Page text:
A Better Response to Fear? Skills

Last week I did a short workshop with the McDowell County Chamber of Commerce to kick off a Woman in Business Series. Our topic? Using Fear to Thrive and Grow. These courageous women tackled the topic of fear in a profound way. Fear is an interesting topic – because it’s like eating. We need fear to survive, just like we need to eat to survive. And like eating, we can overdo fear, becoming bloated with woulda, coulda, shoulda instead of living the big life we are meant to live.

Every single woman in this session had a story of doing something big and important in the face of fear. Some of these actions involved physical danger – like jumping out of an airplane. Others involved following her own spirit instead of falling prey to “what will people think?” And some involved speaking truth to power, where the danger was more political than physical.Since that session, I’ve been corresponding with some of those women and reflecting a lot more on how fear can help us learn and grow. Here is what I’m learning.You don’t jump out of an airplane without some training. You start with some level of skill and then continue to build on that until you are ready to do a tandem jump, and eventually, with enough skill, you do a solo jump. Skilled skydivers do all kinds of things a newbie would never dare to try. Me? Not interested in jumping out of a perfectly good airplane! (Nor do I want to get over that kind of fear!) I would rather fly them.

​When I was in pilot training, my first flight had me to do the takeoff, flying around and landing, with the instructor in the right seat of the plane. Even though I had a lot of fear and no skills. You can bet he wouldn’t hand me the keys to the plane without him being in there! He gave me the illusion of control and it was exhilarating. It made me want to learn to fly – which was the point of giving me the challenge of being in the left seat. The key was the support of having someone in the right seat who could fly the plane – and more importantly get us out of any trouble I got us into.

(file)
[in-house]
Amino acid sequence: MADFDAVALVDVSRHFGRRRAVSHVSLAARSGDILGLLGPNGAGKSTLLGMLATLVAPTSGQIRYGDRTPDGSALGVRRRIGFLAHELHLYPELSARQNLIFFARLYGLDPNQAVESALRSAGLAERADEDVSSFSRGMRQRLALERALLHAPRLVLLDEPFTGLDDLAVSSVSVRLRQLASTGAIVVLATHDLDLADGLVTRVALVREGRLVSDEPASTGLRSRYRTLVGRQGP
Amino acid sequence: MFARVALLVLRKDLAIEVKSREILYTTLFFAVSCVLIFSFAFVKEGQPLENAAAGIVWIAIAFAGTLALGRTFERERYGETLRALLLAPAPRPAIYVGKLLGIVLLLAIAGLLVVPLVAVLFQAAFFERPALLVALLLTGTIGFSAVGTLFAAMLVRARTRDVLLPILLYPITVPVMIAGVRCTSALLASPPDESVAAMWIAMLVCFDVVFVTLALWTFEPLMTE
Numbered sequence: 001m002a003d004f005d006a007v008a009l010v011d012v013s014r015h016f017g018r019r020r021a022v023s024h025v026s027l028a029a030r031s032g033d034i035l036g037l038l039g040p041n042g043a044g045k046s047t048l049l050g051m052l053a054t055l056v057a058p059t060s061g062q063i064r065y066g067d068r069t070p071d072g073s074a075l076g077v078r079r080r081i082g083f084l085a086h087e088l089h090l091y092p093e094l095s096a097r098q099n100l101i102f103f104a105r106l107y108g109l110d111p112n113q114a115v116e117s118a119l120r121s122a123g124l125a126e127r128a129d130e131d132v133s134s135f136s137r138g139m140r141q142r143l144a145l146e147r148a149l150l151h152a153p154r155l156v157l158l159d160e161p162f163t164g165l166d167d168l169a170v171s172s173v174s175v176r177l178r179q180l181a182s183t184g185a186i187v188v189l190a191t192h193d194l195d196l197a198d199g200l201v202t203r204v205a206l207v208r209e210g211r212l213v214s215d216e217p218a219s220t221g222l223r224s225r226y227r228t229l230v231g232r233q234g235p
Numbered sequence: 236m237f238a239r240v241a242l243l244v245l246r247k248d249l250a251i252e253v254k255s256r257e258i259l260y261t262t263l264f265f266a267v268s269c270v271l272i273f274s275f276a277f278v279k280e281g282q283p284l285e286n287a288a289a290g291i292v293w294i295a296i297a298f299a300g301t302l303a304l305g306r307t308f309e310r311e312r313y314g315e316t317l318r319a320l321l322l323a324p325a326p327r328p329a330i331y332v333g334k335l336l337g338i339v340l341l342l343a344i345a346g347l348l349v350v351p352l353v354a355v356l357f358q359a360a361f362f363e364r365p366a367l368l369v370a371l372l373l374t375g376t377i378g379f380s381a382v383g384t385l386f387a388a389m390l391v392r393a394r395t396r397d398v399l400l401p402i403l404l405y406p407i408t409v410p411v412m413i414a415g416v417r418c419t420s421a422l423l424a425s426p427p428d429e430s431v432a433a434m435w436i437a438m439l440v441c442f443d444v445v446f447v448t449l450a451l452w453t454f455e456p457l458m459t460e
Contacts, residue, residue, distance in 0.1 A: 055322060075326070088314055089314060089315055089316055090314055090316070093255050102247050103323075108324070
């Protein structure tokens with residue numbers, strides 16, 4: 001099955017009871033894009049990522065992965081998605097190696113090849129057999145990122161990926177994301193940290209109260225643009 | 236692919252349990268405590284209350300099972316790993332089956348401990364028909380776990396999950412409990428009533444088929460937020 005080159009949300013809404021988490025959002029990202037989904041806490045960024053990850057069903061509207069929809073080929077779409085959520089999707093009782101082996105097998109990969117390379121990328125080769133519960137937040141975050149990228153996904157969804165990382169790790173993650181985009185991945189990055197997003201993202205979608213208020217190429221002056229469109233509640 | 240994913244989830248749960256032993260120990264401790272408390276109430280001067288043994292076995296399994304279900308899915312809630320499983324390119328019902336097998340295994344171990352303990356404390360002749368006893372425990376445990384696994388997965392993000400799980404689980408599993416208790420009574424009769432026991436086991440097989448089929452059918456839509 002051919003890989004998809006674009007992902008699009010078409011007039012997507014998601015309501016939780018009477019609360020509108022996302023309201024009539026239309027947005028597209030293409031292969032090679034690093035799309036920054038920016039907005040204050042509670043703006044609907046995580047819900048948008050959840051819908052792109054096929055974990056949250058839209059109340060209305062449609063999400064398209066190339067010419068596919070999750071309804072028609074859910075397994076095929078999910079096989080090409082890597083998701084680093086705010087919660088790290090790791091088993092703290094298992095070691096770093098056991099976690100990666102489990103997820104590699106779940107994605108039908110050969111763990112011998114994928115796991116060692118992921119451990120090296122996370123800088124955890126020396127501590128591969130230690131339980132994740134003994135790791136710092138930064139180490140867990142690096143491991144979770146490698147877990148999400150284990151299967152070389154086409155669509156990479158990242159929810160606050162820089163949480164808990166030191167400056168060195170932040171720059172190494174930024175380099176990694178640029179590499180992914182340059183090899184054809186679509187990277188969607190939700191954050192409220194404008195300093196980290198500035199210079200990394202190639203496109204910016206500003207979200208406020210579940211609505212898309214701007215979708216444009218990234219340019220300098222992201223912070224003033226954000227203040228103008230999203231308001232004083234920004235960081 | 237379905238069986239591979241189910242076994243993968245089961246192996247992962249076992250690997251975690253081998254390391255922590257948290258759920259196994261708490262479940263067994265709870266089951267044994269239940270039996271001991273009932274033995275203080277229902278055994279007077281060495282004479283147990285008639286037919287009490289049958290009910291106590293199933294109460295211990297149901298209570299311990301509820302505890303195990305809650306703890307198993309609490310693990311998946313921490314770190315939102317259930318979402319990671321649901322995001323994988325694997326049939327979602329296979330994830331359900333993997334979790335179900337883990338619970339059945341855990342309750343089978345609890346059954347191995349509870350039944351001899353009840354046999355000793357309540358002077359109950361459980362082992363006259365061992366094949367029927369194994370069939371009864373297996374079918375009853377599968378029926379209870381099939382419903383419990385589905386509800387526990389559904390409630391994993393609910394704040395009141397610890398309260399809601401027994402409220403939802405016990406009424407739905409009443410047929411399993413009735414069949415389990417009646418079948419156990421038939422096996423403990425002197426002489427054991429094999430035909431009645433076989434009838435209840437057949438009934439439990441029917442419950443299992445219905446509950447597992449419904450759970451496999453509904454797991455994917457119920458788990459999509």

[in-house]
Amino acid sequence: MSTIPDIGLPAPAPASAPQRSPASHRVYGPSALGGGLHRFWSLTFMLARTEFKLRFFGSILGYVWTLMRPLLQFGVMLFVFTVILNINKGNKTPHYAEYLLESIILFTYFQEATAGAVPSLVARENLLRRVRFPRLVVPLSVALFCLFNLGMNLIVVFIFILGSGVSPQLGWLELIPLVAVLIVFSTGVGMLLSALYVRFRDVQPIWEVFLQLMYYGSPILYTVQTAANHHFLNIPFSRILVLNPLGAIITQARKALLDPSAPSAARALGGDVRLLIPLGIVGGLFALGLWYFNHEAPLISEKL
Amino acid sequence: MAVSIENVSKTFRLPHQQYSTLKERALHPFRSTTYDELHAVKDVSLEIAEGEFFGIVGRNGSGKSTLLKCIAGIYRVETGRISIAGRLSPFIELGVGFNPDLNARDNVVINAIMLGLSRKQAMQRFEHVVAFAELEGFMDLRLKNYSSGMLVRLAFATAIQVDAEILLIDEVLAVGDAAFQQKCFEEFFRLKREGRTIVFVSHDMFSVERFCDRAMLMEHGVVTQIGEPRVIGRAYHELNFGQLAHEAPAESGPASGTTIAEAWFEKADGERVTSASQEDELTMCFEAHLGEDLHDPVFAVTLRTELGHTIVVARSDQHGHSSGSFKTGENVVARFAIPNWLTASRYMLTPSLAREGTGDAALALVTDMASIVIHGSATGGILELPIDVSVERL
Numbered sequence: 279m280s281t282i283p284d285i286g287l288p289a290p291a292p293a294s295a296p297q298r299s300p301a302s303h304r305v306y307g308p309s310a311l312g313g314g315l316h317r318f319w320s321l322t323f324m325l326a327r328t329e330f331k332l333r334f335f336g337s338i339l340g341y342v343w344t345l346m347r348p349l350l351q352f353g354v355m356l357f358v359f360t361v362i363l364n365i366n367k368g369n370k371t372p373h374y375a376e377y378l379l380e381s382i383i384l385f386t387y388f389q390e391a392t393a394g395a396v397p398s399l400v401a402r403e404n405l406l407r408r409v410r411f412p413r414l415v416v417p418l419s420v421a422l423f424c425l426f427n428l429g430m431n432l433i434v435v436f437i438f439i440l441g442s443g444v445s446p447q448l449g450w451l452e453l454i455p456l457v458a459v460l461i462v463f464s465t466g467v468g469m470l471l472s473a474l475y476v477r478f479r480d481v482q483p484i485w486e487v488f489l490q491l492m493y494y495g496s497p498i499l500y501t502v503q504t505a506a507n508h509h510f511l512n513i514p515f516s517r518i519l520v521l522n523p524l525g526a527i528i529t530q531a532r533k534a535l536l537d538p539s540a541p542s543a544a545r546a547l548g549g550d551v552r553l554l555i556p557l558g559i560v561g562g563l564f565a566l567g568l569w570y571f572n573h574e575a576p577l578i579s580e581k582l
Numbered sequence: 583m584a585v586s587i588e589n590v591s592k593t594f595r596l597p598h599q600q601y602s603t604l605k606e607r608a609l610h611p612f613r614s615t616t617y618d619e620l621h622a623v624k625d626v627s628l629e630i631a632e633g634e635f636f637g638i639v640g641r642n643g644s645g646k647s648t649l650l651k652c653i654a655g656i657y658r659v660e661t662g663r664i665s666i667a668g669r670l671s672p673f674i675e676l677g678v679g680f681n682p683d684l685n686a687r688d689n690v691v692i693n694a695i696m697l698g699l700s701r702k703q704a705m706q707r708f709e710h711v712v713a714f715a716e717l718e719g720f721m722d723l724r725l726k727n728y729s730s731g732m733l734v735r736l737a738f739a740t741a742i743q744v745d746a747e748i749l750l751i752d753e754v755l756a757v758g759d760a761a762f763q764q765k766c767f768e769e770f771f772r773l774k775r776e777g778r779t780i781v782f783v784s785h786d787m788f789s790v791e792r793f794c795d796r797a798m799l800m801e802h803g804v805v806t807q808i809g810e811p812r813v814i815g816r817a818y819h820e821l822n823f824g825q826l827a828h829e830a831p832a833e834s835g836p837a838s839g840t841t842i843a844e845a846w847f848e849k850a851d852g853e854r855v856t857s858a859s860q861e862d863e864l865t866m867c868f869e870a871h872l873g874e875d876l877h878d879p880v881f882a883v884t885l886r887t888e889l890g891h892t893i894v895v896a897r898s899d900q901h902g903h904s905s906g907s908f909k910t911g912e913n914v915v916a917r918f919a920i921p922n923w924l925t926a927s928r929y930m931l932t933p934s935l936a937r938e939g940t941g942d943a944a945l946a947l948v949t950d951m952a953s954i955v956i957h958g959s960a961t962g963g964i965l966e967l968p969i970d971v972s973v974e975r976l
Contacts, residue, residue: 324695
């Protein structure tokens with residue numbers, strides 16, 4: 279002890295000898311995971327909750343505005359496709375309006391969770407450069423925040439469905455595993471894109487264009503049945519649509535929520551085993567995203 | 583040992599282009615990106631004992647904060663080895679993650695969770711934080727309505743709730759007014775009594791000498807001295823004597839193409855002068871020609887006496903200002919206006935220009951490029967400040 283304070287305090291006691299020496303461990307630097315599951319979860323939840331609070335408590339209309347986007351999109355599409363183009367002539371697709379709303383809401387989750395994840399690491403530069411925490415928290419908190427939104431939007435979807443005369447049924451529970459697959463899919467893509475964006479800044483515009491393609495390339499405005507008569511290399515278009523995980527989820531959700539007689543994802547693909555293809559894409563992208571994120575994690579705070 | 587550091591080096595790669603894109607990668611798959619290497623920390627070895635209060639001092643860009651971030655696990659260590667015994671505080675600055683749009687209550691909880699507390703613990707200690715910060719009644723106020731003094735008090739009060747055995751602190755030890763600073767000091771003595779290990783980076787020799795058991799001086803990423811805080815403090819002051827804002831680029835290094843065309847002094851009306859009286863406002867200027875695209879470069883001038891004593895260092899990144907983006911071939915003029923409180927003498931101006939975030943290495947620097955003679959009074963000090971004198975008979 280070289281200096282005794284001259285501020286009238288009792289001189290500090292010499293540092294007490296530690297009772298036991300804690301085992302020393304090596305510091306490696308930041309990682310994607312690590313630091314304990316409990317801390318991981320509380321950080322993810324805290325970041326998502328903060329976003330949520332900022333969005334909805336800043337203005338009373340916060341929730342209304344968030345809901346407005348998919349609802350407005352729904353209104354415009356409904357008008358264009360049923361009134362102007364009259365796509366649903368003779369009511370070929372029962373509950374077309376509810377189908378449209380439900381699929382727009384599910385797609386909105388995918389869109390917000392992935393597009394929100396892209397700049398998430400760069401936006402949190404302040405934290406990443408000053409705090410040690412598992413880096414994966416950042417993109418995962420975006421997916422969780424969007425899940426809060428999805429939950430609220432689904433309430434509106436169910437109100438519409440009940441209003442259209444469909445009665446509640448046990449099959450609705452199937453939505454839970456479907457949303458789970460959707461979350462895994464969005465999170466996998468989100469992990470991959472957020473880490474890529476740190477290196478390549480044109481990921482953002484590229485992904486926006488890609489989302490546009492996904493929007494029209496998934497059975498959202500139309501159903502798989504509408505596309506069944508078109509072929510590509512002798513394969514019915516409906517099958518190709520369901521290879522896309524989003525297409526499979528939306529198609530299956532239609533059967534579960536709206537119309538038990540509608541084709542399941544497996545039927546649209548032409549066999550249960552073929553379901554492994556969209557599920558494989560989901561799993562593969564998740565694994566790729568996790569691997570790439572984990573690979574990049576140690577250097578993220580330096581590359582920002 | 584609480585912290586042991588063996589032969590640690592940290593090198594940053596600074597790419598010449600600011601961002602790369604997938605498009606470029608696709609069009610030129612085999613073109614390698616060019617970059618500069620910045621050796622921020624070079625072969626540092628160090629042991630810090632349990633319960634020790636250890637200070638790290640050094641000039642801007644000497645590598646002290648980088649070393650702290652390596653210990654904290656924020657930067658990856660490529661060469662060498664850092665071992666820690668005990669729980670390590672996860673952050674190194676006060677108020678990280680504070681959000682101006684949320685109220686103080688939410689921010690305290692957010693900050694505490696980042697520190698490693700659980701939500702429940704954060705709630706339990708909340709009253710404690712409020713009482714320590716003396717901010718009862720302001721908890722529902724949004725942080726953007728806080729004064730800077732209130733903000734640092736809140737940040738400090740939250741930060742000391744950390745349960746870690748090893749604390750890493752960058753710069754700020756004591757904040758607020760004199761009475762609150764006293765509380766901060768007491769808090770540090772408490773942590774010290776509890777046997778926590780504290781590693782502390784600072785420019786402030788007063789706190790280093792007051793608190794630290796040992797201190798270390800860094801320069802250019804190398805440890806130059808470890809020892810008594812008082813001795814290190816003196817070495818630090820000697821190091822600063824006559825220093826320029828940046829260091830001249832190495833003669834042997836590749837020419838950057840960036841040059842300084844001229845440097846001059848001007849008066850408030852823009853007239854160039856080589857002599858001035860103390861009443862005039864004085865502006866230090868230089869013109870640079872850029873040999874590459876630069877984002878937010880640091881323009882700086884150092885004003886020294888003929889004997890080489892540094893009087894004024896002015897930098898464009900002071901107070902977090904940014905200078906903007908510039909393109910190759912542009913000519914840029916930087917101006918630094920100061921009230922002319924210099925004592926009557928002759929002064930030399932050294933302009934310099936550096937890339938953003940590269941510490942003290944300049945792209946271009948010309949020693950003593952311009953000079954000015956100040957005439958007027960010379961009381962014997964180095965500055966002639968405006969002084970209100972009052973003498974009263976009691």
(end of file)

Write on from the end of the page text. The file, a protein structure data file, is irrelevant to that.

As my flight training advanced, I came to learn that flight instructors train specifically to handle rookies, who are probably scared or sometimes too cocky. They learn to do everything from the right seat, which is very different than the perspective of the left seat. While it can be very scary to turn an airplane over to abject beginner, they are trained for it.

So if I had accidentally gotten our airplane into a stall the very first day I flew, the instructor was trained to get us out of it. Would he have been scared? Probably not, because it is a maneuver he had done successfully so many times. Was I scared the first time we intentionally stalled the airplane? Heck yeah! Was I scared after doing many times? Not as scared, because I eventually learned to do it without being totally freaked out.

If fear is stopping us from doing something we would like to do, we need to build our skills to deal with the fear.

First, we have to acknowledge that we even have fear. Take the idea of speaking truth to power. This is not an impossible task. Somebody has spoken truth to power before. They did it knowing they could be fired. They did it knowing that the person in power might get mad. They did it while being aware that they may not be listened to. All of that is ok. The point is to learn to say what needs to be said, to not let fear stop us.